Raleigh, N.C. — Attorney General Roy Cooper is urging state regulators to reject Duke Energy's proposed rate increase, his latest salvo in an ongoing war against the Charlotte-based utility over higher electric rates.
The state Utilities Commission is considering Duke's request to raise rates by 4.5 percent overall, increasing to 5 percent after two years. If approved, the increase would be the third since 2009 for customers of Duke Energy Carolinas, which serves the western part of the Triangle and much of western North Carolina.
“People are already struggling to pay their bills and utilities want to raise rates yet again,” Cooper in a statement. “We’ll continue to fight these increases that fail to adequately take consumers into account.”
He cited an analysis by Moody’s that shows that North Carolinians pay a higher percentage of their household disposable income for electricity than residents of all but six other states. He also questioned whether Duke shareholders should be entitled to a 10.2 return on investment on the backs of consumers, many of whom are still struggling in an uneven economy.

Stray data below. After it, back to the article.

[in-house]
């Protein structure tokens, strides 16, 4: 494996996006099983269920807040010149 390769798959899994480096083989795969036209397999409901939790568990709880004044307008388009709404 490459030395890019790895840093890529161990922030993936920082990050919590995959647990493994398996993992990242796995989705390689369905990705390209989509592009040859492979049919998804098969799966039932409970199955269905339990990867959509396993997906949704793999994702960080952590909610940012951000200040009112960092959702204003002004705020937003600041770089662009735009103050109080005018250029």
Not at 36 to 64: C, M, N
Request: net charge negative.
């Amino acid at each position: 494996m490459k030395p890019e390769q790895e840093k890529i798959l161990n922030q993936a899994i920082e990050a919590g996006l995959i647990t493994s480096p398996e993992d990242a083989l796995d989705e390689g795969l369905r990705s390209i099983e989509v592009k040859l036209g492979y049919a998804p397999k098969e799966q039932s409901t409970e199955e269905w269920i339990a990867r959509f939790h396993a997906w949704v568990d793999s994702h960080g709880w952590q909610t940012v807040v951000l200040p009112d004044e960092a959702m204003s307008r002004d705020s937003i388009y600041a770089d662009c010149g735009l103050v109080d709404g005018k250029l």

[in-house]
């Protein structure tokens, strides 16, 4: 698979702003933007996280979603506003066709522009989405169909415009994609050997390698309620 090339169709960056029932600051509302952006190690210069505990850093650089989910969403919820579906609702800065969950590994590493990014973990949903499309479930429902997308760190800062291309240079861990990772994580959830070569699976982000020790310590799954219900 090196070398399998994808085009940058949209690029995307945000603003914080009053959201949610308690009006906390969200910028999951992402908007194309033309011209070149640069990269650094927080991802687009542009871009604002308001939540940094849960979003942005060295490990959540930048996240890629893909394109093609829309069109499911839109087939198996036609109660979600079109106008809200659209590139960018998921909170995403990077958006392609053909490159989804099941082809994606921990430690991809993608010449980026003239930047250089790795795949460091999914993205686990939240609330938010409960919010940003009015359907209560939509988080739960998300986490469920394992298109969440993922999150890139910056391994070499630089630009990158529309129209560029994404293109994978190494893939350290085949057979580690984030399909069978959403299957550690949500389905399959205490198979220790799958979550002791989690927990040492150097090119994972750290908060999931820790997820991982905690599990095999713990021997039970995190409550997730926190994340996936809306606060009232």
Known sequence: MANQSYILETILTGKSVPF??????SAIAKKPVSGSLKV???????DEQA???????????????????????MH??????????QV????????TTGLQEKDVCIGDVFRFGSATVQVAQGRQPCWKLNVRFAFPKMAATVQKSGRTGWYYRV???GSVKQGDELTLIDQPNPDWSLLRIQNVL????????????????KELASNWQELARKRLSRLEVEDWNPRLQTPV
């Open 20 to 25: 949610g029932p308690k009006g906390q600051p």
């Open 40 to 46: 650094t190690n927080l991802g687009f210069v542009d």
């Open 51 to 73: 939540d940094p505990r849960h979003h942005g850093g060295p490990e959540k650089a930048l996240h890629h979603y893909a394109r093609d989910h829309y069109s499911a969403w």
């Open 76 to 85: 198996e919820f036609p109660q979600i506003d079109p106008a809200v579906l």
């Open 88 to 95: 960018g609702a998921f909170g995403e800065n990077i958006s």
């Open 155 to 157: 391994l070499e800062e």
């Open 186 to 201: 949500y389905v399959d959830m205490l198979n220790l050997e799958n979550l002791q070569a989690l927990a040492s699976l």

A state Supreme Court ruling in April struck down a 7.2 percent increase the Utilities Commission awarded to Duke last year after Cooper objected to it. The court ordered the agency to evaluate the impact on consumers to determine an appropriate rate.
Cooper has also appealed a 7.5 percent rate increase awarded to Duke in May for former Progress Energy customers, arguing that the Utilities Commission ignored the Supreme Court's directive to weigh the consumer impact of any increase.
“The Supreme Court agreed that looking at profits without considering the impact on customers simply isn’t fair,” he said in the statement. “This ruling should lead to lower utility company profits and consumer rates.”